After 30 Years, Has Podiatry Changed For The Better?

Pages: 82 - 82
Kevin A. Kirby, DPM

It has now been 30 years since I first opened my podiatric practice, joining a group of orthopedic surgeons in a multispecialty practice. It has been a great experience for me as many changes have occurred within podiatry and the rest of the medical profession during this time. Some of the changes within podiatry have been good but I believe other changes have not been so good for our profession.  

One of the positives that has occurred is that podiatrists have become a more integral part of the medical community than three decades ago. When I first started practice, the orthopedic surgeons I worked with were skeptical of my abilities and the abilities of other podiatristsToday, however, these same orthopedic physicians consider me and many of my podiatric colleagues to be an important part of the medical community, showing little evidence of the skepticism that I first noticed three decades ago. Their views also seem to reflect the improved perception of podiatrists in the rest of the medical community.

I believe the change in status of the podiatric profession over the past 30 years is directly due to two factors. First of all, there were, and still are, many dedicated, high-quality podiatrists who worked hard for years before I entered practice, laying the groundwork for podiatrists to gain access to hospital and surgical privileges. This generation of podiatrists selflessly devoted themselves to the promotion of podiatry within all our medical communities and advanced the podiatric profession long before many of us started our own practices.  

The second factor that has elevated the podiatric profession is the improved medical and surgical training of the podiatry students and podiatric residents who have eventually become members of our medical community over the past three decades. The more recently graduated podiatrists, with their increased medical knowledge and surgical skills, set an excellent example for the podiatric profession within our medical community. These young podiatric physicians, with their energy, skills and knowledge, have increasingly become the leaders of our podiatric medical community and will guide us into the future.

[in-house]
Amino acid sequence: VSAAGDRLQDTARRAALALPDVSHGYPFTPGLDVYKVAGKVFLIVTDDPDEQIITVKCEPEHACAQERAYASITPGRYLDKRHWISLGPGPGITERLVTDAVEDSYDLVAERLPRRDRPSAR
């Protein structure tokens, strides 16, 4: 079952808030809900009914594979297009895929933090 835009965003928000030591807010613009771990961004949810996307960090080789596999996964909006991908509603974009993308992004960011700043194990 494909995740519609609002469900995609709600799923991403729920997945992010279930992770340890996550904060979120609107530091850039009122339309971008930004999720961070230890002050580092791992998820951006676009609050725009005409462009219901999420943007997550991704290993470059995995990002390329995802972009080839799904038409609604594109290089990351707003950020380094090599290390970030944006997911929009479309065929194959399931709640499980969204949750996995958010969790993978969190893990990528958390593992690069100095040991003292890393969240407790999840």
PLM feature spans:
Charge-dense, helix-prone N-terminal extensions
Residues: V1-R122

Unfortunately, during that same timeframe, I see problems possibly brewing for the future of the podiatric profession. Over the past 30 years, I have taught biomechanics, sports medicine, foot orthosis therapy and shoe biomechanics concepts to podiatry students at the California School of Podiatric Medicine at Samuel Merritt University (formerly the California College of Podiatric Medicine). In addition, over the past 26 years, I have helped train podiatric surgical residents on non-surgical and surgical biomechanics theory and techniques, foot orthosis therapy and sports medicine concepts.  

What concerns me now about podiatry is that even though the third-year surgical residents all possess excellent clinical skills in medicine as well as forefoot, rearfoot and ankle surgery and trauma, many of the practical clinical skills in foot orthosis therapy and sports medicine that were once common among the podiatrists who graduated in my era have become sorely lacking. Even though I train these very intelligent podiatric surgeons on casting, prescribing and modification of foot orthoses along with sports medicine and shoe biomechanics concepts, these young podiatric physicians seem to come to me with relatively little skill and knowledge of non-surgical treatment methods.